Aside from the blatant negative connotations regarding hunting as a pastime – it is inherently wrong, and I will die on this soapbox – there are several videogames related to the ‘hobby’. Hunting Simulator 2 is the latest on the market and yet, despite being a sequel to the appropriately named Hunting Simulator, feels like a massive step backwards.
It should be immediately apparent from the name that Hunting Simulator 2 is a hunting simulator, where you get to hunt animals in a simulated environment. There is no plot or story to accompany the game; you simply choose a location and a weapon and head out.
Across three locations – Colorado, Texas and Europe – and six environments altogether, you must find and hunt 33 different species of animals. It isn’t a case of rocking up with a rifle in tow and shooting anything that moves though: you need licenses to hunt specific animals. Each license grants you a certain number of hunts for each animal; max it out and you need to purchase another one.
The hunting itself is very laid-back, and without trivialising real-life hunting, it’s a good game to relax and unwind with after a long day. Pick your location and head out. Sometimes you can fall lucky and find an animal within minutes, other times it can take a while. In that sense it feels familiar to fishing, though with much more bloodshed.
The areas that you are found exploring don’t really offer much else other than a small area of wilderness to stalk your prey. There are the occasional towers you can get a vantage point from, as well as tents to enable fast travel. Unfortunately, the draw distance does play tricks on your eyes; just when you think you’ve seen something out in the open not surrounded by tall grass, a quick zoom in with your scope will suddenly show the grass all around whatever it was you saw, and it is invariably not what you were hoping for anyways. This isn’t a unique experience – the disappointing draw distance will do this every time.
In terms of progression, purchasing licenses is about as deep as Hunting Simulator 2 gets. Every environment is open to you from the beginning, along with every single piece of clothing and weapon mod, providing you have the coin for them.
Your money can also be used to purchase additional weapons, scopes and items. These include binoculars, various scent killers and lures, and callers to entice animals towards you. These are all optional buys; not required for the hunt but can make things a little easier.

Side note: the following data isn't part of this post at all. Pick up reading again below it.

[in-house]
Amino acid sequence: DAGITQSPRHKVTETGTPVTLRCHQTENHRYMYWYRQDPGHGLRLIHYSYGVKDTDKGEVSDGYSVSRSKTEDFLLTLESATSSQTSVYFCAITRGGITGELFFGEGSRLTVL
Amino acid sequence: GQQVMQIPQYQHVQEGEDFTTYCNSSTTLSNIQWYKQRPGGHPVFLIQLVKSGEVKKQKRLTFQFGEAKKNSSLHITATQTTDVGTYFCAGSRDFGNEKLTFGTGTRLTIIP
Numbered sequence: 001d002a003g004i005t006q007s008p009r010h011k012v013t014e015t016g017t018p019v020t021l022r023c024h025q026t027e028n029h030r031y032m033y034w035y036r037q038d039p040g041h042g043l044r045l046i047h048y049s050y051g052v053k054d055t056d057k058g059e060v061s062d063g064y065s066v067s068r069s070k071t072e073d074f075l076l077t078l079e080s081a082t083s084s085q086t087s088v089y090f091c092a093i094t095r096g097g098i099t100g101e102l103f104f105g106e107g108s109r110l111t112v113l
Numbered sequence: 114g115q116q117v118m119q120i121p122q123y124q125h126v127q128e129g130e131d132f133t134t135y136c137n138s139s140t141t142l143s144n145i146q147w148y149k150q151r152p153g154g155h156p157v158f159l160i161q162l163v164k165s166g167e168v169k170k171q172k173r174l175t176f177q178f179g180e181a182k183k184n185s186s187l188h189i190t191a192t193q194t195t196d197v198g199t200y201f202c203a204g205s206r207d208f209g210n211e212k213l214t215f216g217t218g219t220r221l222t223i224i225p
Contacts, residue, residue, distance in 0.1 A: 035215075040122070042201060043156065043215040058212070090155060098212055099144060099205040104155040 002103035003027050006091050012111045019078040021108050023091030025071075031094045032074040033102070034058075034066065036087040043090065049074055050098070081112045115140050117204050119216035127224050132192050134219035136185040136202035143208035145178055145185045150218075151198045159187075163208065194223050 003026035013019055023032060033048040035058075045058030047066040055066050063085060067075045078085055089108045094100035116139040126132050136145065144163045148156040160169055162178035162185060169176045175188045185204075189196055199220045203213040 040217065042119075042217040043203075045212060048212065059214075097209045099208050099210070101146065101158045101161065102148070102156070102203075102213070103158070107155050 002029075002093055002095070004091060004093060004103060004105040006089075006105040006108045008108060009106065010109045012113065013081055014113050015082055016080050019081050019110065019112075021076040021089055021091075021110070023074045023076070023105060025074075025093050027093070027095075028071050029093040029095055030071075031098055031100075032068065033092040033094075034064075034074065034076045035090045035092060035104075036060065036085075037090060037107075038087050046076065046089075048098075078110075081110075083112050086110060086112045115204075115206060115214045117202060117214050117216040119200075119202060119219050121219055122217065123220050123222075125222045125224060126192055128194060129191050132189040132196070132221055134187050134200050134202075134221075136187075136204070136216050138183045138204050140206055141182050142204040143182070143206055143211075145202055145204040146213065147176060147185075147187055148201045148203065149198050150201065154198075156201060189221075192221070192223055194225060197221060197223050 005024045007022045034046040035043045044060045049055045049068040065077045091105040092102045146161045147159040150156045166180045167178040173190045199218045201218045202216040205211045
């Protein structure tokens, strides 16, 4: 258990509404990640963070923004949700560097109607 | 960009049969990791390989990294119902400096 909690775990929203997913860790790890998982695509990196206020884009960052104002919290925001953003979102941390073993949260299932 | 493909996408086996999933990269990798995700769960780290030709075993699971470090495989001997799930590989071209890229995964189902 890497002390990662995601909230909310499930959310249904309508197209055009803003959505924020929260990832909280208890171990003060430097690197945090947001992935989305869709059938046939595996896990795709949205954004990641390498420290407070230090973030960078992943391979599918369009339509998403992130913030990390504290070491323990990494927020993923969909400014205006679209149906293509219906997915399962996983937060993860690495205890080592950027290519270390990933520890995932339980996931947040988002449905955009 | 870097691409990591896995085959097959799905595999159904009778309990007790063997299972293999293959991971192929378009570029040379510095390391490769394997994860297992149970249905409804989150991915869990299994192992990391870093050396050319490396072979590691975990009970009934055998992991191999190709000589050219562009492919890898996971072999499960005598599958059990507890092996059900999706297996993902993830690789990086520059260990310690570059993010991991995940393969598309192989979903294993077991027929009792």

Along with these helpful items is the sequel’s best new addition, a canine companion. Hunting Simulator 2 introduces dogs to proceedings that will sniff out animals and highlight any markings that you should be made aware of. And for the most part, they do an excellent job; sometimes they will point out markings for an animal you don’t currently have a license for but considering they’re such a good boy the rest of the time we won’t hold that against them.
As for other new features, the dog is pretty much it. Hunting Simulator 2 has stripped back most of what was in the first game for reasons unknown. Gone is the co-operative multiplayer, or any form of multiplayer in fact. Hunting Simulator 2 is single-player only, and if it wasn’t for your four-legged friend it would be a pretty lonely experience.
Also, more crucially gone, is any form of progression. The previous game included a mission structure to keep players on track and focussed towards an objective. The sequel, however, has nothing like that. On one hand this is good – as previously mentioned you have access to the entire game from the off – but a lack of progression and structure doesn’t really work when a game is so limited in its gameplay. Hunt, kill, repeat: That’s all there really is to it.
When not on a hunt, players can return to their lodge for some rest and relaxation. This lodge gives me major house envy, as it is a gorgeous place. High ceilings, wooden beams, open plan, it would be a great place for a weekend getaway. Sadly though, whilst you can display your kills here as ‘trophies’, the house is missing a bathroom of any sort.
There is also the shooting range where you can practice your firing from a variety of distances and engage in a quick competition on a local leaderboard.
Hunting Simulator has 37 achievements in total and is a very straightforward list. Kill animals, find all points of interest and analyse animal tracks. The achievement list is very plain and uninspiring.
I came into Hunting Simulator 2 on the Xbox One with an open mind regarding its source material, and hoping this digital translation could one day be the only hunting people could lawfully do. But even after a short time I had experienced everything the game had to offer, and that’s down mainly to the open-ended nature and lack of progression system in place.
Hunting Simulator 2 is a bare bones version of its predecessor, and not even man’s best friend can save this from being an inferior sequel.